"I Want My Time on Earth to Mean Something"

MacArthur Fellow Becca Heller has dedicated her life to helping others

Becca Heller

Becca Heller ’05 is a human rights lawyer and director and co-founder of the International Refugee Assistance Project, which provides legal services to individual refugees as they navigate application, appeal, and resettlement processes under U.S. and international law. In 2017, Becca spearheaded the lawsuit challenging the Trump Administration’s executive order instituting a travel ban on seven predominantly Muslim countries. She was named a 2018 MacArthur Foundation “Genius” Fellow.

A commitment to community service nurtured at Dartmouth

I took a year off before college and did AmeriCorps, so I came to Dartmouth with very strong feelings about what a privilege it was to be there and how it was a privilege that a lot of people couldn’t afford—and was very conscious of what I wanted to try to do with that privilege.

In my freshman year I got to meet with the principal of a local elementary school. Because I had done AmeriCorps at a school in Berkeley, I wanted to continue working in primary school education. I asked the principal what the school needed, and she was really interested in trying to set up a mentorship program for kids who were having some trouble.

I arranged to borrow a car from someone I knew who taught at Hanover High, emailed a bunch of my friends who I had known for four weeks and said, “Who wants to volunteer?” Then I just organized shifts, lending out the car for people to volunteer, and two months into it realized that I had accidentally started a mentorship program.

The next year I started a program through the Tucker Foundation that worked with local farms. We would send students over to glean, which is to pick up crops from the field that don’t get sold either because the farmer grew more than there was a market for, our because the food is oddly shaped and so a grocery store won’t take it. We worked with local caterers to turn it into meals that we froze and distributed to a local food pantry, so that people coming to the pantry could get caterer-made meals with farm-fresh local food.

Dartmouth gave me a lot of freedom to try things. I think it made me realize what I was capable of. It’s a place where faculty and staff say, “Oh, you have a crazy idea for how to solve that? Sure, we’ll give you a budget and some really good people to advise you. You should take a shot at it.” What that does for confidence is really special.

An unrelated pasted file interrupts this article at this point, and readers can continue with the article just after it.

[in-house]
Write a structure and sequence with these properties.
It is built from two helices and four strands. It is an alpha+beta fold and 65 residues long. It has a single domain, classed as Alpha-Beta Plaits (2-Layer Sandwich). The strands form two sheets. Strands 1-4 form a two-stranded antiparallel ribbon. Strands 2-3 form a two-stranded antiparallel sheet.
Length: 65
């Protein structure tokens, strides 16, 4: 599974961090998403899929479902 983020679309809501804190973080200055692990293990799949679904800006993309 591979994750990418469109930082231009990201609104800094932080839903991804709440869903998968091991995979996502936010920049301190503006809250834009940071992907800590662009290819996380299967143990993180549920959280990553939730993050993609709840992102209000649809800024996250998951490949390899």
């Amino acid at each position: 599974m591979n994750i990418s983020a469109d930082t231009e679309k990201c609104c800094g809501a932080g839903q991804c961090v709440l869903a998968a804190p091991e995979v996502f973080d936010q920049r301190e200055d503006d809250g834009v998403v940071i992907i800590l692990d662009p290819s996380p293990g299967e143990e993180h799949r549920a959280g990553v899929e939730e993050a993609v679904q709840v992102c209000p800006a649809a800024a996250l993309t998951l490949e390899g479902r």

The travel ban and aftermath

President Trump was sworn in on Friday, January 20. A version of the travel ban leaked on Monday the 23rd, and it included a lot of really bad stuff in it. Any day he could’ve signed it because it was just an Executive Order.

We started reaching out to all of our clients who had valid permission to enter the U.S. but hadn’t left yet—because it takes a long time to literally give up everything you own and leave and start your life over. At some point during the week, we realized that there was no plan for what happened to people who were in flight when the order was signed, so at any given time there would be thousands of people who were midair and nobody knew what was going to happen to them when they landed.

We put out a call for lawyers to volunteer to go to airports and be on call in case people ended up being illegally detained or deported—which, of course, thousands of people in the end were. Then we worked with a couple of organizations to file a lawsuit right away—it was essentially a class-action habeas petition saying we don’t know who all of them are, but whoever you’re holding in an airport anywhere in the country, you’re doing it in violation of the Constitution and you have to let them go.

We ended up winning that lawsuit about 28 hours after the ban was signed, and found out later that that ultimately led to the freedom of about 2,100 people who were being held at airports.

A promise to make a meaningful difference in the world

Life is really short, and I want my time on earth to mean something. The best way I see to do that is to try to be a good mom to my kid, a good partner to my husband, a good friend to my friends, and a good citizen to society. That’s why I do what I do.

Refugees are not victims desperate for our help. And they’re not terrorists trying to take our jobs. They are tenacious, entrepreneurial survivors who are willing to give up everything to start a new life. You’ll never find anyone more patriotic about a democracy than someone who is in jail for free speech under the regime of Bashar Assad.

By definition, refugees are people who went through hell and got out. The level of creativity, tenacity, and optimism required is astonishing. We should all be competing for refugees: there was an article in The Guardian about how Germany didn’t cap the number of Syrian refugees coming in during the summer of 2015, and that decision is already paying dividends to their economy. That’s not surprising. What’s harder than getting out of Isis-occupied Mosul with your family intact and starting over in some mysterious way that you can’t even predict, but you know it’s the only way you’re going to survive?

There is a level of character, work ethic, and a deep appreciation for the moral tenets of all the things that democracy is supposed to be about that’s built into these people. I’m honored to advocate for them—it’s an honor to fight for people who have fought so hard for themselves.

Because of them, I will never forget to be grateful.

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